Original URL: http://www.theregister.co.uk/2008/10/27/mod_job_cuts/
MoD's London brass resist job cuts
Rubber desk johnnies don't like it up 'em
Comment Ministry of Defence headquarters offices in central London are to shed 1200 uniformed and civilian staff posts, according to reports. Military bureaucrats are resisting the moves fiercely.
The Times, having unsurprisingly "obtained" documents outlining the cuts and the MoD brass' resistance to them, gave full details yesterday. Angry leakers, perhaps fearful for their own cushy London billets, revealed that the boss of the Defence Intelligence Staff (DIS) is upset at the prospective loss of 121 of his 592 underlings.
“Threats may not be foreseen, or not identified in a timely manner,” wrote Air Marshal Stuart Peach. He was also concerned that there could be a “credibility loss” resulting in less intel from America. Perhaps the most prized asset of any UK intelligence service is its relationship with opposite numbers across the pond. Presumably the thinking here is that one needs an extra hundred or so desk johnnies just to schmooze the Yanks.
DIS also reportedly believe that they should be let off because they were the ones most sceptical about the dodgy Iraq dossier of six years ago. Indeed, their scepticism was so intense that they told nobody about it until well after Parliament had voted for war. (If they had they might already be a hundred bods down, of course. John Morrison, a former DIS man who did tell people about the dodginess of the dossier fairly early on, was sacked shortly thereafter from his post as a Parliamentary investigator.)
Letting someone keep his job now because he lacked the guts to lose it then doesn't seem to make a lot of sense. Anyway, anybody who has dealt with the products of the DI sections on a regular basis - like your correspondent - will be a bit more wary about just how useful most of them are. Slapping a Secret header onto information largely culled from Jane's Defence Weekly or similar trade news organs may save the MoD a mint in subscription fees, but almost certainly not enough to pay for the DI posts who do it.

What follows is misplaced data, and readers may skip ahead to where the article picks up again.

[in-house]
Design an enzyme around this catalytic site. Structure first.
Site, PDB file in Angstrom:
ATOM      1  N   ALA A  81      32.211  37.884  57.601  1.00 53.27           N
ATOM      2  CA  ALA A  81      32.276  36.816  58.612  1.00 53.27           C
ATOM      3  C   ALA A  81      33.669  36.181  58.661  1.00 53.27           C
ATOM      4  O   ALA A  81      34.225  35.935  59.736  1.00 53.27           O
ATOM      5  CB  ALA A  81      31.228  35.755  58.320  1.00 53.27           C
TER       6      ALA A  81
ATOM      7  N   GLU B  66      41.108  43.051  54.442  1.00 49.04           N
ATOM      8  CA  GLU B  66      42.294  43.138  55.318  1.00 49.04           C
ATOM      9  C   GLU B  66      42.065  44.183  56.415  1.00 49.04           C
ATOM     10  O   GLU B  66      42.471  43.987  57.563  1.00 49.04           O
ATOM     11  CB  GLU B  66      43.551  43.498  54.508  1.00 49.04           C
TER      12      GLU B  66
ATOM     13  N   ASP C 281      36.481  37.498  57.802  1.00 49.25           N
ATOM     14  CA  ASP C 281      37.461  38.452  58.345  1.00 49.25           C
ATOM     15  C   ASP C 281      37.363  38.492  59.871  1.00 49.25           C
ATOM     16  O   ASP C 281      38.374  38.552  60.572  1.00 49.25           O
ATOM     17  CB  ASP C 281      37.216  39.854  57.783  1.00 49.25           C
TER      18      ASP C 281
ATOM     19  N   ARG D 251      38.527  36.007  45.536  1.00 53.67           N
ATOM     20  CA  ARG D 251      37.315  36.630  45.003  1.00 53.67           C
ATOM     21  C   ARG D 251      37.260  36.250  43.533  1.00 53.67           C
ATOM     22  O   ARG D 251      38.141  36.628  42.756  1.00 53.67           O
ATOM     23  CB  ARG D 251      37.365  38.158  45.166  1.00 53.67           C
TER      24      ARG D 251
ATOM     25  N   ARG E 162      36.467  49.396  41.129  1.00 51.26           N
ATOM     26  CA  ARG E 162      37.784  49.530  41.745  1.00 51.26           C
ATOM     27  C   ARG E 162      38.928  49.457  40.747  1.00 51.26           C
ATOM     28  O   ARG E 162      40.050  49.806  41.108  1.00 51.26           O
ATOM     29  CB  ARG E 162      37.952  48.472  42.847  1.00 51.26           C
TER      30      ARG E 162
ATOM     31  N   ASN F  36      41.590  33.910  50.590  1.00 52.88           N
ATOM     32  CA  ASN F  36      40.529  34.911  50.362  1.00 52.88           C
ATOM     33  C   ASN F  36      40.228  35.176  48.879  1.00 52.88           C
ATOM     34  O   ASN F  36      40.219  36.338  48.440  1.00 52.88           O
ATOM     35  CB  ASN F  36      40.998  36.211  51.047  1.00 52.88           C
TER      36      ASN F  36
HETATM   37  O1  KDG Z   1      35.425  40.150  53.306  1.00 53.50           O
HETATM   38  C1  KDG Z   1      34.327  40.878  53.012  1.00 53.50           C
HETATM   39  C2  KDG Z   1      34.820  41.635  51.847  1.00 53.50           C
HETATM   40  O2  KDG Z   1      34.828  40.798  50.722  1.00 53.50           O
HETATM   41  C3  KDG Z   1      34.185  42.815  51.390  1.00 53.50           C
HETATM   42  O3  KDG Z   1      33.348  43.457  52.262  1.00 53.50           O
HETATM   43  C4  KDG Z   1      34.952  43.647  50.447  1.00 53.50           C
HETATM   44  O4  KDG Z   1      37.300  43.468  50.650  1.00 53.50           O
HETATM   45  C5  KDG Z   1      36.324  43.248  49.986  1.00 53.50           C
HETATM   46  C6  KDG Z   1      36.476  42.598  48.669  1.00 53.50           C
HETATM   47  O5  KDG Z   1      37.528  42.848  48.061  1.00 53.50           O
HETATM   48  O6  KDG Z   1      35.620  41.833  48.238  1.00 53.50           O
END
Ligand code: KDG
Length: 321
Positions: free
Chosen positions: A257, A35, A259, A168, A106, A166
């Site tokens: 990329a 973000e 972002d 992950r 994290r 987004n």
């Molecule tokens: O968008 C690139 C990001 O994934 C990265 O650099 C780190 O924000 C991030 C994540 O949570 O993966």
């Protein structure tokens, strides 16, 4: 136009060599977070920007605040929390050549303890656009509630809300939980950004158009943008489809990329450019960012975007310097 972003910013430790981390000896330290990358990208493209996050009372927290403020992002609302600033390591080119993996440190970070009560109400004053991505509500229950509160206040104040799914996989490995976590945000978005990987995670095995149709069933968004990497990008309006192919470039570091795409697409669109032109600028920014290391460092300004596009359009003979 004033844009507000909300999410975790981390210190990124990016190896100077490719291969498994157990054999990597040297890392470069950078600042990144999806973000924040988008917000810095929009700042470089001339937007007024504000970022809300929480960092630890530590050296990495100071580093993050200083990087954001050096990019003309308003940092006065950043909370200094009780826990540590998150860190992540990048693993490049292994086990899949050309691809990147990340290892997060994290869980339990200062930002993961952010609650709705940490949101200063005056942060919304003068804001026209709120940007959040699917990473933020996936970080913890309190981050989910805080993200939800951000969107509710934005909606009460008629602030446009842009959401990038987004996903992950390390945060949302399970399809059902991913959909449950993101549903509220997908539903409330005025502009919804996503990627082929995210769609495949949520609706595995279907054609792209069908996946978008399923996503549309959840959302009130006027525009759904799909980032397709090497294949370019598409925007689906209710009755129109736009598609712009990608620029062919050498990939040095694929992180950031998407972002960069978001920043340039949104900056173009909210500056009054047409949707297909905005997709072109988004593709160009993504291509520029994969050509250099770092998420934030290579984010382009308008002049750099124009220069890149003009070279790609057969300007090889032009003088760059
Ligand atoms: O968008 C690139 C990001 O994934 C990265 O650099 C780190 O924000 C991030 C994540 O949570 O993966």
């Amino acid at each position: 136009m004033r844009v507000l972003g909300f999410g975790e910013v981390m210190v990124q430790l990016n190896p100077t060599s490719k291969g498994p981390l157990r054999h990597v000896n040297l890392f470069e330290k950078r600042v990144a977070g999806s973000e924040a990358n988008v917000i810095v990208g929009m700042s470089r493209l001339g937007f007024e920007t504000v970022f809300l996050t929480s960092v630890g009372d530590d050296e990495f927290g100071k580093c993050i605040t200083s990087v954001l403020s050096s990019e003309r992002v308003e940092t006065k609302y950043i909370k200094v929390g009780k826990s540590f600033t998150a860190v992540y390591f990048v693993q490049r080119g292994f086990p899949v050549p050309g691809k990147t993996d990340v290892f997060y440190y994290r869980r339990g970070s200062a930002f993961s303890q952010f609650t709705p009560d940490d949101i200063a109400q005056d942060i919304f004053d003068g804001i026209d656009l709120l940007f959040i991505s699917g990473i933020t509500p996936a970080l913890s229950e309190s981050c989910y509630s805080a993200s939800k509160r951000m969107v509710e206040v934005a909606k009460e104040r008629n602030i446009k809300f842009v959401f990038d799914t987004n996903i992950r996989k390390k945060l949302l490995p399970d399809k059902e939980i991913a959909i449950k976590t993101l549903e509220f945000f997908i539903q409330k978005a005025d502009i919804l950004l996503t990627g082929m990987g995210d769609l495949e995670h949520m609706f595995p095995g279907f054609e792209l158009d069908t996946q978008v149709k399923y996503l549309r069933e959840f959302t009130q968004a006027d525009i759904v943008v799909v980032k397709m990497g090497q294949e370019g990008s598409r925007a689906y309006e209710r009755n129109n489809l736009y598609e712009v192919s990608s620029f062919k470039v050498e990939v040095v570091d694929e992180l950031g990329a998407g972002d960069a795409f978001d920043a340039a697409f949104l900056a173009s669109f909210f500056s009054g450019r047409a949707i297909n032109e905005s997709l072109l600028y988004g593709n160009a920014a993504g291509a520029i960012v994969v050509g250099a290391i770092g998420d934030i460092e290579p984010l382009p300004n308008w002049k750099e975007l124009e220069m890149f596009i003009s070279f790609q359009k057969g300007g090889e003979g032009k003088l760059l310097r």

Meanwhile Ops chief Lt-Gen Peter Wall also warned of dire results with 68 of his 418 chair-polishers gone - saying there would be a “reduced capacity for concurrent contingency planning”.
It's hard to imagine how MoD contingency planning could get any worse, actually. In 2002, for example, the British forces were told to deploy division-sized land forces to Kuwait in preparation for operations against Iraq. This was one of the most obvious possible tasks - staff officers at HQ must have been planning it to death for years. Even so, logistics on arrival in Kuwait was the usual embarrassing clusterfuck. The division second-in-command described the situation at the container ports as: "Christmas morning, but as if all labels had been taken off the presents and nobody knew what was whose ... our ammunition arrived much later than I could have wished."
Perhaps dropping a few blotter jotter desk johnnies, rather than adding more, would help with this sort of thing. It's definitely worth a try.
And here's some background, which may help to illuminate the idea that the British armed forces simply can't afford to lose 1,200 officers mainly of major to colonel level, and their associated civil servants.
The Army, for instance, has more than 1,800 lieutenant colonels - the rank which commands a battalion or regimental sized unit. This is at least fifteen half-colonels for every suitable unit. Full colonels are almost never in charge of anything except a desk (the next command level comes at Brigadier) and yet there are almost 600 of them, too.
The navy has almost two admirals for every frigate. The RAF has something on the order of five squadron-leaders for every individual aircraft it possesses, and at least one air-marshal (equivalent to an admiral or general) for every combat squadron.
Almost unbelievably, the MoD's civil servants are even more bloated and top-heavy than the military brass - even more ripe for trimming.
So we taxpayers who foot the bills for all these expensive people and their desks and IT gear and training courses and seminars and golf afternoons - all based at nice locations around Whitehall, in this case - might reasonably be a bit sceptical about whether we really need them all.
And don't worry about the front-line troops. They're already quite certain they could cope without 1,200 desk jockeys in London. They'd happily swap the whole of Whitehall for another couple of combat battalions in Afghanistan (1400 men, all on much lower pay grades than those about to vanish from the MoD) and a few helicopters that actually work.
The Times report is here. ®